$250,000 Payment to Block FDR Renomination Also Reported— Plot to Put Duke of Windsor on Throne Revealed by Nazi Papers COUNTY RESERVE CHAMP .... Larry Fold of Route 2, Carroll, exhibit* the 1,005-pound Angus calf "Smokey" with which hit slater. Maxine Fcld, won reserve county championship of the junior livestock show at Four-County Fair, Coon Rapids.. (Staff Photo) By WARREN ROGERS JR. WASHINGTON (B-A grandiose Nazi plot in 1940 to put the Duke of Windsor back on the British throne—at a price—has been revealed in top secret documents captured by the Allies and just made public. The papers are among 415 German messages and reports unveiled Wednesday night simultaneously by the U. S. State Department and the British Foreign office. Demo Plot Against FDR They also report a $250,000 payment by an American oilman to Democratic groups with the aim of blocking then President Franklin D. Roosevelt's renomination. Of this, $160,000 allegedly went for "buying" Pennsylvania's convention votes. The British government labeled the documents as "necessarily a much tainted source." It said Windsor "never wavered in his loyalty to the British cause." The duke called the part about him "complete fabrication a^d .... gross distortions of truth." The Democratic National Committee said it had no record of any such contributions as were mentioned in the Naxi papers. And it noted Pennsylvania cast all of its 72 votes for Roosevelt "on the first and only presidential ballot" that year. The German documents cover the period June 23-Aug. 31, 1940: France had fallen in a six-week blitzkrieg. Britain braced' for invasion. The United States was divided—intervene or stay out? And a prime aim of Adolf Hitler's policy was to keep America neutral. Von Ribbentrop Project In the papers, published as part of an,historical project to illumine Hitler's years, 1933-45. Foreign Minister Joachim von Ribbentrop emerges as the mastermind of the Duke of Windsor plot. Ribbentrop later was hanged as a war criminal. The plot, as recited by Ribben- trop, went this way: Timaa Harald, Carroll, Iowa m Thurtday, Aug. 1, 1957 £ The duke and the duchess were to be enticed to Spain. Once there, held by force if necessary, they were to be made a proposition. It was this: Denounce the duke's brother, King George, and then Prime Minister Churchill. Appeal to the British people to surrender. In exchange, the duke and "the woman I love" for whom he gave up the throne in 1936 can become king and queen of a Britain defeated by Hitler. Or, if Windsor doesn't like that, he and the duchess can go anywhere and live "a life suitable for a king," with Hitler paying all the bills. Nothing in the record suggests any direct German contact with the duke. It was all done apparently through Spanish and Portuguese intermediaries. Edward and Wally, as they were popularly called in those days, were en route to the Bahamas, where he was to be British governor. They stopped off in Lisbon, staying at the home of a friend, Portuguese banker Ricardo do Espirito Santo Silva. First Contact A go-between made the first major contact. He was Spain's interior minister, Ramon Serrano Suner, a close friend of the duke and brother-in-law of Spanish Dictator Francisco Franco. The documents Indicate Franco approved the whole idea. An emissary from Serrano Suner invited the ducal pair for a | visit. He tempted them with a j promise of "important information i affecting the person of the duke." Elaborate plans were made to get the couple across the border. Portuguese border guards were to be "won over" and guarded automobiles were to be waiting on the Spanish side. The chief problem, as the Nazis saw it, was "the pronouncedly English mentality of the duke." So they set out to scare him Aug. 1, 1940- 7 exaetly IT lifl Thursday. . : ;' V Jsfc Disgustedly, the Nazis reported: "The Spanish plan collapsed *o»fj§f i pletely." The British Foreign Office com* mented: "His royal highness never wavered in his loyalty to the British cause or in his determination to take up his official post as governor of the Bahamas on the, date agreed. "The German records are necessarily a much tainted source. "The only firm evidence which they provide is of what the Germans were trying to do In this matter, and of how completely they failed to do it." Windsor himself, in a statement from London, said persons he found to be "pro-Nazi sympathizers" tried to persuade him to go to {Spain instead of the Bahamas. He the thike and duchess, added: phony bombs and other "threats" to his and his wife's lives. IS Agents Assigned Eighteen Nazi spies were detailed to watch their movement. These agents saw to it Portuguese police unmasked Scotland Yard and British intelligence operatives. "Traces of an infernal machine (bomb)" were discovered. The duchess got whispered warnings, an anonymous letter and flowers with a card pointing to peril. There was a plan to fire shots 'through the duckess' bedroom window two nights before sailing time. But that was abandoned lest it backfire and serve only to hurry them on to the Bahamas. In the midst of it all. Sir Walter Turner Monckton arrived in Lisbon. He was thp duke's legal adviser and then deputy foreign minister. In the end caught their boat, steamer Excalibur the American It sailed with Earth is the third planet in or- with I them from Lisbon the evening of ! der of distance from the sun. Britain's Royal Family A Great Selling Team By EDDY GILMORE | of the American Bar Assn. and LONDON UP. — Britain's royal their relatives—was a demonslra- family is one of the greatest sales | lion of compelling advertising for teams in the world. j Britain. Its garden party this week for ; Two hours' exposure to Queen 8 ,000 Americans—3,000 members j Elizabeth II, the queen mother. Prince Philip, the princess royal Farm Prices Up Slightly WASHINGTON WV-The Agriculture Department reported Wednesday that farm produce prices increased 1.23 per cent between mid- June and mid-July. Higher prices received for meat animals, dairy products, poultry and eggs were primarily responsible . for the upturn. Somewhat j wife of the U.S. attorney gener- lower prices were received for al: fruit, feed grains and hay. ! "She's the Queen magnificent. The mid-July price level was; She's heavenly. And he—He's so 1.64 per cent abovp that of a year'handsome." ago but about 22.? per cent below: 'Doll, Charmer' the record high set in February; John Ranck. of Lancaster, Pa., 1951. | smiled broadly. and the Duchess of .Kent made some of the Americans ecstatic. Cecil E. Burney, of Corous Christi. Tex., called the queen "a honey." Said Charles N. Rhyne, District of Columbia, new president of the American Bar Assn.: "She's just like a Dresden doll. The queen mother is the most regal person I've ever seen in my life." "And the prince," broke in Mrs. Rhyne, "he's just so handsome.' Said Mrs. Herbert Brownell. Prices paid by farmers for goods I "She's a real doll," he said, and services used in production i " a " d th * P rin ^ ' s a farmer." and family livine declined about N ' ora *">' dc T- "Kansas one-third of one per cent during u took a deep breath the month ended July 15. i f , . , J usl l , h »» ed - absolutely ! thrilled to meet the prince. The Americans who spilled out over the Buckingham Palace lawn made no secret of the fact that they came to see. meet and if possible, talk to members of the royal family. Mrs. Benjamin Roth, of Youngstown, Ohio, told the queen: "We have a daughter who is just like you. People are always she could be Carleen Rothmeyer Returns to Grinned (Time* M «rald N*w» Service) DEDHAM — Carleen Rothmeyer returned to Grinnell Monday after spending the weekend here with her parents, Mr. and Mrs. Clarence Rothmeyer and family. She is employed at St. Francis Hos- j saying she could be your twin • sister." . 'A wonderful, wonderful fam- pital there. Frank Tigges is a medical pa-'}., „ tient at St. Anthony Hospital in j nodded Judge Ihornton G. rarrnlt where he was admitted i Berrv . o[ Welch, W. Va. Selected ia Advance Palace officials selected in advance a number of Americans to be presented to the royal family.] Others just introduced them' Carroll where he was admitted Wednesday evening. Jane Heese of Early was a guest last week of Joleen Schon in the home of her parents, Mr. and Mrs. Joe Schon. . Mr. and Mrs. Henry Heman and j selves. family spent Sunday in the home! , Wave after wa y* ° f admiring of Mr. and Mrs. Joe Miller in! Americans ignored the palace of-; Omaha. Lois Heman, who had; f ' cials - broke ranks, surrounded | been visiting in the Miller home j lhG Ween the prince and the came home with them and Char- q"«sn mother, lotte stayed for a visit. !. Th f re was on ^' one Asapnoint- Mrs. Frank Irlbeck entertained i ln R fcature-the absence of Printhe Euchre Cluh in her home Mon-1 cess Margaret, day evening. Mrs. Anton Klocke won high score prize: Mrs. William Meshek, low, and Mrs. John Pletchette, the traveling prize. Lunch was served. Mrs. Bernadine , WASHINGTON un - The White Irlbeck was a guest outside the;„ ouse sajd Wedncsday a plan for t J o J t n ii .„„„J 'equitable return of German assets ^^ r .°\^ r ^^'\$e\ze6 during World War II will tng this week m the Junior Jensen ; b Sllbmilted , 0 c ress ear , ,„ home with Linda. =. . —• , . J . Assets Return Plan Will Be Submitted Mr. and Mrs. Dawson Killough and daughter Christine, and Miss Pauline Huelsbeck of Des Moines called Sunday in the Wilbur and John Werner Jr., Mrs. Alvina Schreck and the William Axman homes. The Killoughs and Miss Huelsbeck are cousins of those they visited and are former Dedham residents. Mr. and Mrs. William Axman and daughter, Marcella, were Omaha business visitors Monday. its next session neginning Jan. 1. j A statement said it is hoped that a final solution of the Japanese assets problem also will be worked out in time for presentation to the next session of Congress. Seized German and Japanese j war assets are estimated at about 595 million dollars. German assets) account for 541 million of this with the remainder Japanese Dice are thought to have been; invited about 1,244 B. C. switch to never an after-thirst! SQUIRT BOTTLING CO. ROCKWELL CITY, IOWA COPYRIGHT l»»7. THS •aumr COMPANY VINE RIPENED Cantaloupe 2 *. 39c PEACHES FOR CANNING Before you buy canning peaches check our low prices. We have some late California Elbertas on the way. For all canning supplies shop and save at Hannasch Super Valu. m Miracle Whip .. 749* Krafi's ... Regular 75c value! Mustard • • • f iT 10* Kraft's Regular or Miracle" '' French Dressing.. ££ 2 * 49 e Kraft'$ Italian Dressing .... 12.29' Kraft'$ Catalina French Dressing. . . .^.35* Kraft'i Mayonnaise ...... T 79 c KRAFT FUDGIES KRAFT SHORTENING KRAFT SALAD OIL DEL MONTE TUNA FISH FESTAL PEAS TRU VALU CUT MACARONI 2 5 12- OL Pkg. 3-lb. Can Pint 6Vi«o». Cant No. 303 Cant Mb. Bag 29c 69c 35c 59c 89c 29c HUNT'S WHOLE APRICOTS WILDERNESS CHERRY PIE MIX 4 N c.~ $1 * CHECK YOUR SPICE SHELF * TONE'S 3 - 89c ROYALTY CRUSHED PINEAPPLE HEINX Tomato Soup ROBIN HOOD FLOUR OTOE'S FINEST PEAS : FLAVORITE ASSORTED SANDWICH COOKIES 4 CRESCENT GENUINE Fig Bar COOKIES 7-oz. Can Cant 5-lb. Bag No. 303 Can* 10c 79c 12-ox. *«| Pkst. *?| PICKLING SPICE 4-oi. Can 39c TONE'S MUSTARD SEED 2Va-ot. Can 13c TONE'S CELERY SEED IVl -M. Can 15c TONE'S DILL SEED 2*oi. Can 12c TONE'S Powdered Alum Can 31c TONE'S STICK CINNAMON 1V4 01. Can 21c TONE'S WHOLE ALL SPICE IVI-OI. Can 25c * FROZEN FOODS • FLORIDA GOLD ORANGE JUICE 6 6 -01. Cant 89c SEA MIST LEMONADE 6 -ot. Can 10c NORTH STATE Strawberries £• 10-ot. *aa Q Cant ?| DEW KIST RED RASPBERRIES 2 10-ot. Cant 69c £ 59c WISCONSIN PREMIUM BEER 24-bot, Cat* $2.95 (Plwi Dap4f.it) IHANNASCH SUPER VALU ICE G RE AM All Playoff Jity^ Your Homt'Owned Food M§ r^tt Right Rmrvtd to Limit QMbntJ|j|(L^ ?4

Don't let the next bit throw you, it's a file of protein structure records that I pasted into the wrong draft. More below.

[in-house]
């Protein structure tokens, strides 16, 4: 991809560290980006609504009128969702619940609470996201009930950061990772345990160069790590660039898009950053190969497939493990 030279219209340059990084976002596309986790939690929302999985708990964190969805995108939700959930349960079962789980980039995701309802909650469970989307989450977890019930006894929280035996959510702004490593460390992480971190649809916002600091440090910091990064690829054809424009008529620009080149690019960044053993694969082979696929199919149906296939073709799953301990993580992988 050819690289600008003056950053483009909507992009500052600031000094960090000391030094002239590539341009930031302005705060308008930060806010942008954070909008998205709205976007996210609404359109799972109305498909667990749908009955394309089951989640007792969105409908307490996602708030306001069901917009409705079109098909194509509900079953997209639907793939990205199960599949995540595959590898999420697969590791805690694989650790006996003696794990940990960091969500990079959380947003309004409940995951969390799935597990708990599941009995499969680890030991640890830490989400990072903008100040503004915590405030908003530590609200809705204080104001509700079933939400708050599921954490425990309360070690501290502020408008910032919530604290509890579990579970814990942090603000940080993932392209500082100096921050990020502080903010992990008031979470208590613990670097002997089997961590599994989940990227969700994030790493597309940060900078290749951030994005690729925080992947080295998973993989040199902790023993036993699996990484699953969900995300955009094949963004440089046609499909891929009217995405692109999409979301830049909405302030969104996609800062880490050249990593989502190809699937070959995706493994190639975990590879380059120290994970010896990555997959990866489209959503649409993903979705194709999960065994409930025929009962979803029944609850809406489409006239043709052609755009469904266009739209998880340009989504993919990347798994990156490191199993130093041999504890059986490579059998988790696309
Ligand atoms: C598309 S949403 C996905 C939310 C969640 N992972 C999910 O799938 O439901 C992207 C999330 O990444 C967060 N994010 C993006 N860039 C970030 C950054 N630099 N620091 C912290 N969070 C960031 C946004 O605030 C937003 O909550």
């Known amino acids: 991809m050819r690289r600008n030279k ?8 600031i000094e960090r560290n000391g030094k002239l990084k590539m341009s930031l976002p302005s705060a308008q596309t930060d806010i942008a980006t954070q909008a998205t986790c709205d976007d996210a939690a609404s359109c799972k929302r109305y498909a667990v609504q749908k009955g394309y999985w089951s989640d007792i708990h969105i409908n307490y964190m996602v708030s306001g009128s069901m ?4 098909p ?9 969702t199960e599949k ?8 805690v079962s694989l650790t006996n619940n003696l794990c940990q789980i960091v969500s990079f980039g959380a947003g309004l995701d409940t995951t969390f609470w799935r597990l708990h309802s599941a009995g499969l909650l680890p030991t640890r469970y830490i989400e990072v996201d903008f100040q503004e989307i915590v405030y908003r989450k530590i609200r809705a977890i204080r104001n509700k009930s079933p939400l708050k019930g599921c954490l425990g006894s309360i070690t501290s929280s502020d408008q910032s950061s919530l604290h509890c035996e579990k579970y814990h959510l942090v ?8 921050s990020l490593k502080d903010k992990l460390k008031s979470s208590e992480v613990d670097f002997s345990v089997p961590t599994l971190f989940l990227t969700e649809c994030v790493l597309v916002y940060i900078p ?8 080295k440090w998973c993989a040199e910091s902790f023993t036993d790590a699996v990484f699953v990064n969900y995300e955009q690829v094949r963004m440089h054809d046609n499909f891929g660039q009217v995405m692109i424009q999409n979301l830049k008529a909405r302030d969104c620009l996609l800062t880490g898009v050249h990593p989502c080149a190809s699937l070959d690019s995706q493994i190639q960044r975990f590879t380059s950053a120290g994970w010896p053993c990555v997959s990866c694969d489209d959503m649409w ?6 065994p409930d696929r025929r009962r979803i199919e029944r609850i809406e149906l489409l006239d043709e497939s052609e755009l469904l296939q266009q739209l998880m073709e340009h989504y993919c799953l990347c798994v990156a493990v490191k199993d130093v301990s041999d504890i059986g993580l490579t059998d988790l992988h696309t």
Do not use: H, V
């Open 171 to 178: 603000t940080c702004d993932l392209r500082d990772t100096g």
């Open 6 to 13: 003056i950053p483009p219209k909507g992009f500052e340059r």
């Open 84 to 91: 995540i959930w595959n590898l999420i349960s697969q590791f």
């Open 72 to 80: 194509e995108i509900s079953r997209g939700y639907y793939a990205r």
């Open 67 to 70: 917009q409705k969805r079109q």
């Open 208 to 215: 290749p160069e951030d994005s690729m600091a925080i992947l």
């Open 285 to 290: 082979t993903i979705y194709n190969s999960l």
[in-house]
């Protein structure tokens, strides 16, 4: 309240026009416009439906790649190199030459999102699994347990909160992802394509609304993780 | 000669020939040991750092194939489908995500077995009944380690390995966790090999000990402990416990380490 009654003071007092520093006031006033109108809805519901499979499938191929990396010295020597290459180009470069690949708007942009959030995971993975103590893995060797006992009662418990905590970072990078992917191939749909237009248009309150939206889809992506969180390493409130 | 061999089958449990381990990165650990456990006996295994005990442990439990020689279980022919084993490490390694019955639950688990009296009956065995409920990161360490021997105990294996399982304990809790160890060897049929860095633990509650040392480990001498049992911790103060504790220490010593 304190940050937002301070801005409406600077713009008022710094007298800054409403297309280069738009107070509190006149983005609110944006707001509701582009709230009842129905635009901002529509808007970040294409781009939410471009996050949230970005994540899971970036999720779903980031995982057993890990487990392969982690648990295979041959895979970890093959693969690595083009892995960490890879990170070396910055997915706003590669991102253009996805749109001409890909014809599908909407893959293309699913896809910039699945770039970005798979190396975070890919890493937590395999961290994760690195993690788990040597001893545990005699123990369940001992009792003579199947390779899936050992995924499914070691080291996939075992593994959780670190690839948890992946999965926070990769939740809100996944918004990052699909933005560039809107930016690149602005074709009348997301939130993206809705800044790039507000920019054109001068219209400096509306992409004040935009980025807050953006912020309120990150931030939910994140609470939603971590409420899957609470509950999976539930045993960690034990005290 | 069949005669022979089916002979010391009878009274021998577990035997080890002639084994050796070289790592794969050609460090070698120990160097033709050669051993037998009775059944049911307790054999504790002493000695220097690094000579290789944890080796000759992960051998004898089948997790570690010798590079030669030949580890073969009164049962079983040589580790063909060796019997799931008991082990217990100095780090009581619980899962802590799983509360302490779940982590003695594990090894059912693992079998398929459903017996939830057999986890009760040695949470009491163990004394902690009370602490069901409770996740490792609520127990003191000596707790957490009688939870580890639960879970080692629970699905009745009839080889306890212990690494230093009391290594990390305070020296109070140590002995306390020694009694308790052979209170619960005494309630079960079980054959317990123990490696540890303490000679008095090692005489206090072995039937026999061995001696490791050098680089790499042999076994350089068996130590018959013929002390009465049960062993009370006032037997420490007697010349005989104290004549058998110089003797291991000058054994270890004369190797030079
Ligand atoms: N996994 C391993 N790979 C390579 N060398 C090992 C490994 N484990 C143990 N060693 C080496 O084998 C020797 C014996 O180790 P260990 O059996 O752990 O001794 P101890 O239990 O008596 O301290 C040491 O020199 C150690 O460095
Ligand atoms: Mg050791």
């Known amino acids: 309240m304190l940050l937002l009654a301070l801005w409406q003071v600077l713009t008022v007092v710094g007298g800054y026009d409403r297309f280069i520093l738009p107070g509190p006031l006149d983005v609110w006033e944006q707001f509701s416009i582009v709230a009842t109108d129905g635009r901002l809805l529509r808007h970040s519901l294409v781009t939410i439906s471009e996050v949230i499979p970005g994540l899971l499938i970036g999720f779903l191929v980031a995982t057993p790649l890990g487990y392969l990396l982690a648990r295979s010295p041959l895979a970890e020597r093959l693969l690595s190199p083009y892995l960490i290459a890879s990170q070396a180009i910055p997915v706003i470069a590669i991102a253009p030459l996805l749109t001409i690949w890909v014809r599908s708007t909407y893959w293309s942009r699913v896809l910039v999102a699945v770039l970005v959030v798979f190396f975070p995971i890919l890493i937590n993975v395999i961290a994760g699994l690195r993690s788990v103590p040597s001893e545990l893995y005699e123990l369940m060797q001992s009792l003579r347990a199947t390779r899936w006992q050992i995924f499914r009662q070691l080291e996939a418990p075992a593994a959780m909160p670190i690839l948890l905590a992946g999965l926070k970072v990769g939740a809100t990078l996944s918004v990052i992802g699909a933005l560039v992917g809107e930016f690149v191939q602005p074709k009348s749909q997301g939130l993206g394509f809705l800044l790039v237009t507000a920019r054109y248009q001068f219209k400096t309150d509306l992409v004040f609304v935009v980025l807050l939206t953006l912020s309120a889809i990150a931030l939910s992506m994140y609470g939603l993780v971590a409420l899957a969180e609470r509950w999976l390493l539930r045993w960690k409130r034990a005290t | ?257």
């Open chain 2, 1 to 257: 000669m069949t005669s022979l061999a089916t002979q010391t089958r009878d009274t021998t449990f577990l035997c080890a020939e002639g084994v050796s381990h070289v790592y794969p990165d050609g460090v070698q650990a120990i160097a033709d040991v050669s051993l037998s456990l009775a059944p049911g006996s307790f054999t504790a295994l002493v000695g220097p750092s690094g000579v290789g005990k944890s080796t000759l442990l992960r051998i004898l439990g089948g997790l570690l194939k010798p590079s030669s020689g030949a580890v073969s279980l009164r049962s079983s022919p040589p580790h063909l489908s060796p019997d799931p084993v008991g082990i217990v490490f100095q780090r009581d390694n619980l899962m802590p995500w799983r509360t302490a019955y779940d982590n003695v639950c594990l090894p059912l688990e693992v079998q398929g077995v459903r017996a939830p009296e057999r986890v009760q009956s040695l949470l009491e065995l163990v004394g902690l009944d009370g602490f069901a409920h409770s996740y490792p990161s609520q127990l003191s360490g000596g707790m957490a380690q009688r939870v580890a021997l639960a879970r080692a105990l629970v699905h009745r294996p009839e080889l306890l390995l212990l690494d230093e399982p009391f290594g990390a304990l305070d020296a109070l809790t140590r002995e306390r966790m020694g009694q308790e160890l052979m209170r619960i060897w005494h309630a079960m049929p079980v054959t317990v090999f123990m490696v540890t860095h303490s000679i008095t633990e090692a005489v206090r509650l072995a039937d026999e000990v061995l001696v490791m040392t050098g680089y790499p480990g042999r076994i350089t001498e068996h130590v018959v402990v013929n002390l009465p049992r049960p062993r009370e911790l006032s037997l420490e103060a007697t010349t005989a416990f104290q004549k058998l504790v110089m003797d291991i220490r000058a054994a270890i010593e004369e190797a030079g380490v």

Get full access with a Free Trial

Start Free Trial

What members have found on this page